At the time, Germain had just returned from San Francisco after completing a six-month internship with American chain Victoria Station. “The whole singles restaurant-bar scene was heating up, and I came back with tons of ideas,” she recalls. She shared these ideas with her father, who agreed to invest in renovating and relaunching the one restaurant that was struggling.

After turning that venture into a success, Christiane and Jean-Yves, now in their early 20s, decided to go out on their own and develop original restaurant concepts, combining a nightclub, bar and restaurant on several floors, thus creating the Cousin Germain and Café Saint-Honoré restaurants in Quebec City. “Our father saw our potential and helped us out financially so that we could embark on this adventure.” But the hours were long and exhausting, especially for a young, single mother. They sold the business and began a new venture.

Their trip to New York had been a revelation. They convinced their father to turn an office building he owned into a hotel.

They weren’t skittish about going into the hotel industry, even though, like the restaurant business, it is a high-risk sector.

“Thinking about risks doesn’t keep me up at night. You can’t possibly calculate and plan for everything. At some point, you have to dive in — but just make sure there’s enough water,” says Germain.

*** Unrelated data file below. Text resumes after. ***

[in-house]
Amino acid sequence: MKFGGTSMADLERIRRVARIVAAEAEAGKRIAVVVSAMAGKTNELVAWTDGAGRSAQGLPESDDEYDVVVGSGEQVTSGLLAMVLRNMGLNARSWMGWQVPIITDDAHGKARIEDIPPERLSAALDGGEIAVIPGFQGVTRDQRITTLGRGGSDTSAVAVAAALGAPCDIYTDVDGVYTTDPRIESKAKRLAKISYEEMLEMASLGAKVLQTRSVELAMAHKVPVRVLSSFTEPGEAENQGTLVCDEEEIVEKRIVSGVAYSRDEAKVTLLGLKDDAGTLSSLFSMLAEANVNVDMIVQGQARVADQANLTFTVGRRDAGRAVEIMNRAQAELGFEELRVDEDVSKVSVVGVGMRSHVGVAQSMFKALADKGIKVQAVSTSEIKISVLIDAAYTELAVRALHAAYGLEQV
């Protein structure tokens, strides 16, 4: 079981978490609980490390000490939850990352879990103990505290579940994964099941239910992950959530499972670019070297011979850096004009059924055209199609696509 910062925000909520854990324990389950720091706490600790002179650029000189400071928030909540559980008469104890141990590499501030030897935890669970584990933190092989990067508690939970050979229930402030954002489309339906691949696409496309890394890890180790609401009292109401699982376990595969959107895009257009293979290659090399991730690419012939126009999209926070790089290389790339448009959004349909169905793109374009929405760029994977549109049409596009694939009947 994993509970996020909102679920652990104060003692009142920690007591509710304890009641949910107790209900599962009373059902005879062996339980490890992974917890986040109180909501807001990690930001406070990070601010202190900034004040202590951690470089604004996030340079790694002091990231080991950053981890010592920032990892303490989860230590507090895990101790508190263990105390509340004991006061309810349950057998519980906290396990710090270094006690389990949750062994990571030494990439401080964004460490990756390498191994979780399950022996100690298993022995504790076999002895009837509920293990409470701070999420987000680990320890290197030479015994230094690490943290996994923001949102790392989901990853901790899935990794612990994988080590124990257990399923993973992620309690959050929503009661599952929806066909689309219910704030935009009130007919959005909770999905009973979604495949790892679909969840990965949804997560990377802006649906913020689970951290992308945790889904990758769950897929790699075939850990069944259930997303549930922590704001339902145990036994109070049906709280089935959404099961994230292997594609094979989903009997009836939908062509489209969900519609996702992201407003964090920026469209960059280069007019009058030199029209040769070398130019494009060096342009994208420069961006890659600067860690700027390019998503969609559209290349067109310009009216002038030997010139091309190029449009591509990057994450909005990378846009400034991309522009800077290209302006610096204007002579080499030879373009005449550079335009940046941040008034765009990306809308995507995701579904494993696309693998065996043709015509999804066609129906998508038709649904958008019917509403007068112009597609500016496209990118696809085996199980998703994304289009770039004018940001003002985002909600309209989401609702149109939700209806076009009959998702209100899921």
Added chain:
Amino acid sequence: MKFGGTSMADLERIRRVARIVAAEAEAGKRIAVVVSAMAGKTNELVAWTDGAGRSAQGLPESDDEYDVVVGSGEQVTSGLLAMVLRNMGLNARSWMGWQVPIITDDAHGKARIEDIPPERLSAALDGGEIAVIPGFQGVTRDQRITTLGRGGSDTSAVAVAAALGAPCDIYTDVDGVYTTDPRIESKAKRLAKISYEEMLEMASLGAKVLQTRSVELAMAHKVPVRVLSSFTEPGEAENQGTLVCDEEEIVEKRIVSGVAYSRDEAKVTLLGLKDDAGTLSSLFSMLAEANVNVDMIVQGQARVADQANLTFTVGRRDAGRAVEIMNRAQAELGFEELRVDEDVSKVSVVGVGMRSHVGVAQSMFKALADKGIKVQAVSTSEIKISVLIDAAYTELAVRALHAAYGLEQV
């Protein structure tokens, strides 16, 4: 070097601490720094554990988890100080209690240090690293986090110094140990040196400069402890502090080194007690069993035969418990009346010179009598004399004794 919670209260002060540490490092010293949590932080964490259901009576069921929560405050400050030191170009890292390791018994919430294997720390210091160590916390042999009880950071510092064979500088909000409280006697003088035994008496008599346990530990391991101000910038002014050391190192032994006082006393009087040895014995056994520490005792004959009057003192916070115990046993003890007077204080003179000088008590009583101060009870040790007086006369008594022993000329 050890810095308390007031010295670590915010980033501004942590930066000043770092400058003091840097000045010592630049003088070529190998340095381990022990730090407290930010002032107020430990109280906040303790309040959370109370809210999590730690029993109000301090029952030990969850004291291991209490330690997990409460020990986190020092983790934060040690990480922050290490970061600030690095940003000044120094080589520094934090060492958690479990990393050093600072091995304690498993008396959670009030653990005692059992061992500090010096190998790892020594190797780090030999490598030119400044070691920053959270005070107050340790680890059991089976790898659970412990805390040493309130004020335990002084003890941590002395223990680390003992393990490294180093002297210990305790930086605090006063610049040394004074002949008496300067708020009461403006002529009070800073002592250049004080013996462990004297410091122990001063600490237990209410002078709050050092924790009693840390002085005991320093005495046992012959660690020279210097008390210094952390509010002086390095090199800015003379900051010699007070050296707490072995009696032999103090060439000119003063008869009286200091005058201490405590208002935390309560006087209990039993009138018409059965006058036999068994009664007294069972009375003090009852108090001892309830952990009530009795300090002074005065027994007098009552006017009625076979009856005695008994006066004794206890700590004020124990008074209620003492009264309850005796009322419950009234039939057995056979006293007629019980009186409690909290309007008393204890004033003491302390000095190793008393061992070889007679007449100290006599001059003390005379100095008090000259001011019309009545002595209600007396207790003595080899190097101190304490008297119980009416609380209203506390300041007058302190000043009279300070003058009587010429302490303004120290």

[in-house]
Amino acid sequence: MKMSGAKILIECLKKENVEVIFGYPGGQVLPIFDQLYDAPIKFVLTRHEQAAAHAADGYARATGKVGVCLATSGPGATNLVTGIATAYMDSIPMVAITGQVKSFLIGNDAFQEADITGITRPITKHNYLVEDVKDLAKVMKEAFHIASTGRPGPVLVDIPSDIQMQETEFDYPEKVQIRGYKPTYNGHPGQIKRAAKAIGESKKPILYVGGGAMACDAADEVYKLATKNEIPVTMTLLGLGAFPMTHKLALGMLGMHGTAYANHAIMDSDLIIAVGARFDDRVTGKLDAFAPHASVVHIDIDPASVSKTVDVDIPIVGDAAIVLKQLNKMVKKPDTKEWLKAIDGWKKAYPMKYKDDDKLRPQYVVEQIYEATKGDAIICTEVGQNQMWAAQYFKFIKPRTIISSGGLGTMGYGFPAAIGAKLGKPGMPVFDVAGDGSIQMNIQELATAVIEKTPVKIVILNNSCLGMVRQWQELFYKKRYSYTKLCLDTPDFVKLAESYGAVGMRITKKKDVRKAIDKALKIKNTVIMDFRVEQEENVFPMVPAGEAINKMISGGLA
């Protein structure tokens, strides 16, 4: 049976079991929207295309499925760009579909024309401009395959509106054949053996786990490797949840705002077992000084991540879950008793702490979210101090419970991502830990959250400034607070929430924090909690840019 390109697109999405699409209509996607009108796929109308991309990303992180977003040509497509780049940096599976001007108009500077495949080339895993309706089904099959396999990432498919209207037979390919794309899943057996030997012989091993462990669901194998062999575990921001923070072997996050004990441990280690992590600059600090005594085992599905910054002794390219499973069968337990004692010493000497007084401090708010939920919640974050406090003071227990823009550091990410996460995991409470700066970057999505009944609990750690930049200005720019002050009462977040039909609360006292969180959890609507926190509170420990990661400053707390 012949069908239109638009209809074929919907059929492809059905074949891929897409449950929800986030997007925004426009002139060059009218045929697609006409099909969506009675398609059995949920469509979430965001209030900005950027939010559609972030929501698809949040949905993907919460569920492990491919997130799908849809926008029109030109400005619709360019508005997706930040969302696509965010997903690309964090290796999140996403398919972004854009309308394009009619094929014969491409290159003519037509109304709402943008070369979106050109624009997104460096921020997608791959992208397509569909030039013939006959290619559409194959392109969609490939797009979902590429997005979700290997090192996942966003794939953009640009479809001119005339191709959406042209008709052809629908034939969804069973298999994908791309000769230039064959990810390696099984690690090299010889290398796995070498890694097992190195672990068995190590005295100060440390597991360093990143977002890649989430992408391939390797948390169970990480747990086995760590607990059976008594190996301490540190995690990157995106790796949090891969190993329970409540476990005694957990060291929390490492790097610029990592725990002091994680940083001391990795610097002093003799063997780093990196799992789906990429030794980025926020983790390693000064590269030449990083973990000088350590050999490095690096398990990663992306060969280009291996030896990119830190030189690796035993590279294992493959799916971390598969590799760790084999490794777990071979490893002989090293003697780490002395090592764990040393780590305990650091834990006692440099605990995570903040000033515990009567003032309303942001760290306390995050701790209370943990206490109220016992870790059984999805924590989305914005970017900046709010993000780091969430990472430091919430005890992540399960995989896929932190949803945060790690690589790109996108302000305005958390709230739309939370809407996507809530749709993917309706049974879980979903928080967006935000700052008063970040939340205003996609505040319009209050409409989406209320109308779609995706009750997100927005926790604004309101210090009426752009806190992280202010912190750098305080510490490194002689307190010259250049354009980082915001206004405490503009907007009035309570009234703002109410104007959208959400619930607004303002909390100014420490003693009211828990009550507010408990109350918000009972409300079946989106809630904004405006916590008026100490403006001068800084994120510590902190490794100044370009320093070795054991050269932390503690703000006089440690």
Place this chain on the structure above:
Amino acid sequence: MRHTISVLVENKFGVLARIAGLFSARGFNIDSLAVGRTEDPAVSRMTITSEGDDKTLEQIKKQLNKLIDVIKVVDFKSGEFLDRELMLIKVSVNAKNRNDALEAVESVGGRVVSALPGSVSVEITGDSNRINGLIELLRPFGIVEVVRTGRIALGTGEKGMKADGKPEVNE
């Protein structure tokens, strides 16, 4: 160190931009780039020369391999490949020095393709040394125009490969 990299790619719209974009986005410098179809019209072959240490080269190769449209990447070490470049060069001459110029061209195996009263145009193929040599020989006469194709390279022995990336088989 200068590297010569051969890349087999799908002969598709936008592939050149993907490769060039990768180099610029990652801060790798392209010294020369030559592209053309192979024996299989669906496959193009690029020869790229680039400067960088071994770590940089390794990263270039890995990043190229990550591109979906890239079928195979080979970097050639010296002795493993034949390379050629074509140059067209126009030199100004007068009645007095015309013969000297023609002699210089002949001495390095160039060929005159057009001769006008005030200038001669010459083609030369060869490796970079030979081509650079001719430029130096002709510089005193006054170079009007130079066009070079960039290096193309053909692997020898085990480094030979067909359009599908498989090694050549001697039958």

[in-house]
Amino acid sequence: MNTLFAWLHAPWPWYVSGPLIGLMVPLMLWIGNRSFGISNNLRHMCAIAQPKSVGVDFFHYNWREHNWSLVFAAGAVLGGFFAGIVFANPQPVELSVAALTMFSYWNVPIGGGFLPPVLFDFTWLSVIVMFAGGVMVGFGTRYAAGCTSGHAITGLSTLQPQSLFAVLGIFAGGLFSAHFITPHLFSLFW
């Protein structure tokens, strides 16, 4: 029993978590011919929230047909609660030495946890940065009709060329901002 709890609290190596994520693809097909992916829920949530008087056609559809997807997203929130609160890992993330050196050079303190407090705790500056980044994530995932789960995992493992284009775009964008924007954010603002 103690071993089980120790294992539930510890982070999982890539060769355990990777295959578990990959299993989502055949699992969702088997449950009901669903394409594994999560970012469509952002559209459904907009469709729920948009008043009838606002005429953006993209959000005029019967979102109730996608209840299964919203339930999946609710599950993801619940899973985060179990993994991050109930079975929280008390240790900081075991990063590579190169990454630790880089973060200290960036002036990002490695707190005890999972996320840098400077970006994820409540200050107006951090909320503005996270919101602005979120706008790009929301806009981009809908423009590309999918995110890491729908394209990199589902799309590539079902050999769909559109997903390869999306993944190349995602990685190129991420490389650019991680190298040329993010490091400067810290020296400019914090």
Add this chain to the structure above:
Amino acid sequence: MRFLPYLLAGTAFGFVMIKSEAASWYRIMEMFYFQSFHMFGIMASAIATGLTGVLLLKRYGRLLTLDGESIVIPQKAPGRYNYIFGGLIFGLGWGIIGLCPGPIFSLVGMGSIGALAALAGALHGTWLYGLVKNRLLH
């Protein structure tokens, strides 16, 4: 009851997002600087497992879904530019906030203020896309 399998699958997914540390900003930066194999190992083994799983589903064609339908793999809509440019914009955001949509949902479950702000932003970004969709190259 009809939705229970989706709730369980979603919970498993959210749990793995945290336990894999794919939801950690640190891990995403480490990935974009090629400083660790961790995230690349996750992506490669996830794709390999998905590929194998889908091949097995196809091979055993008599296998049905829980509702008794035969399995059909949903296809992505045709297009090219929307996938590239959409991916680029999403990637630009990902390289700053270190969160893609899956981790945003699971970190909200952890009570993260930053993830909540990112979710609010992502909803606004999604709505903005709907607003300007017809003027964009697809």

Financing was always difficult to come by. “Banks have a hard time believing in individuals. Too often, they base their decisions on numbers and business plans, but in the restaurant and hotel industries, individuals make all the difference,” she says.

To make their Hôtel Le Germain-des-Prés a reality, Christiane and Jean-Yves used funds from the sale of the restaurants and their personal savings. “All our money went into the business. We were hardly paying ourselves a salary, and we had a lot of debt. But we truly believed in the project, and we were sure we’d see it through,” says Germain, who will appear on Dans l’œil du dragon (the French version of Dragons’ Den) next season. “Entrepreneurship is my calling. It’s important to have role models, and if I can inspire other women and young people to go into business, then that’s great.”


After Le Germain-des-Prés opened in 1988, followed by another hotel in Quebec City in 1997, the company established a presence in Montreal in 1999 and then Toronto in 2003. Today, with 13 Le Germain or Alt hotels up and running and four under construction, the group operates from coast to coast — or almost. Vancouver is still on the company’s checklist, as it works toward becoming the first Canada-wide independent hotel group.

“We came very close to succeeding on several occasions. But with a real estate market in overdrive and property values so prohibitive, it’s difficult to open a hotel in Vancouver and stick to our philosophy and business model. We’re very disciplined, and if we can’t open a bona fide Le Germain or Alt Hotel (see “Leveraging Hospitality,”), we won’t do it,” says Germain, adding that she is currently exploring a promising lead.

Meanwhile, Groupe Germain is currently building an Alt Hotel in the historic Port of St. John’s, NL. The 148-room hotel, built for $35 million on the grounds of the old Marshall Brothers store, will welcome its first guests this spring. This will be the second Alt Hotel in the Atlantic provinces; the first was opened at Halifax Airport in 2013. The company is also eyeing the port area of the Nova Scotian capital.